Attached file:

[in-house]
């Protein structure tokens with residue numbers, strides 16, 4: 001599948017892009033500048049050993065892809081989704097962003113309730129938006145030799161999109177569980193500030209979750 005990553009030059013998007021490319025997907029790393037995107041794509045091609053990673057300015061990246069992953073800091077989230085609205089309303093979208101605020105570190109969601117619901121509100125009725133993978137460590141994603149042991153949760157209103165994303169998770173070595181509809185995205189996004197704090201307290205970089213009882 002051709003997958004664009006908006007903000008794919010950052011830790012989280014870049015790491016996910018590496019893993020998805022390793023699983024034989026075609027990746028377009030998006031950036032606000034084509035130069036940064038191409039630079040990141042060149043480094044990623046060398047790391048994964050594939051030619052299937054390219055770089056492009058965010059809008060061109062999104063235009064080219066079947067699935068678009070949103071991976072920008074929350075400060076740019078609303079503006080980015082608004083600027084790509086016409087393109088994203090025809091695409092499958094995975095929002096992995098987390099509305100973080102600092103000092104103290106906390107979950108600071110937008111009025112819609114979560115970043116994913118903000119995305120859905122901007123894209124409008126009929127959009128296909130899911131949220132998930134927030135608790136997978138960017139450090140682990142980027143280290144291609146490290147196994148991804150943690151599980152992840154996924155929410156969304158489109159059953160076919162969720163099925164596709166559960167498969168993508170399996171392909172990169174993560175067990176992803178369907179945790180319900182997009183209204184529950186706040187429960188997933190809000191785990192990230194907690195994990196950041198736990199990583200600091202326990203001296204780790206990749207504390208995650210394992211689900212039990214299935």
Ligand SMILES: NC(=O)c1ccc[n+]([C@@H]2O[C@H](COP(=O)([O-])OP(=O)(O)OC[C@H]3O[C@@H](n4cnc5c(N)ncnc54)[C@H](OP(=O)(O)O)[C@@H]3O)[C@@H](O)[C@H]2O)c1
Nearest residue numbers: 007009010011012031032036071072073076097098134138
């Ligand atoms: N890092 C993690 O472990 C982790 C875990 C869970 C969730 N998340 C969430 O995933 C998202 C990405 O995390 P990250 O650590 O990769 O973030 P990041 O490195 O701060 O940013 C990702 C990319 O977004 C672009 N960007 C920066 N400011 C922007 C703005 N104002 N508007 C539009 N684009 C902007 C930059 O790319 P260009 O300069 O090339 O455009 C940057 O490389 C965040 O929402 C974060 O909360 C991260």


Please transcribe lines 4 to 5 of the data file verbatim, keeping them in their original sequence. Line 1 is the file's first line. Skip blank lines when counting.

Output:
Nearest residue numbers: 007009010011012031032036071072073076097098134138
């Ligand atoms: N890092 C993690 O472990 C982790 C875990 C869970 C969730 N998340 C969430 O995933 C998202 C990405 O995390 P990250 O650590 O990769 O973030 P990041 O490195 O701060 O940013 C990702 C990319 O977004 C672009 N960007 C920066 N400011 C922007 C703005 N104002 N508007 C539009 N684009 C902007 C930059 O790319 P260009 O300069 O090339 O455009 C940057 O490389 C965040 O929402 C974060 O909360 C991260």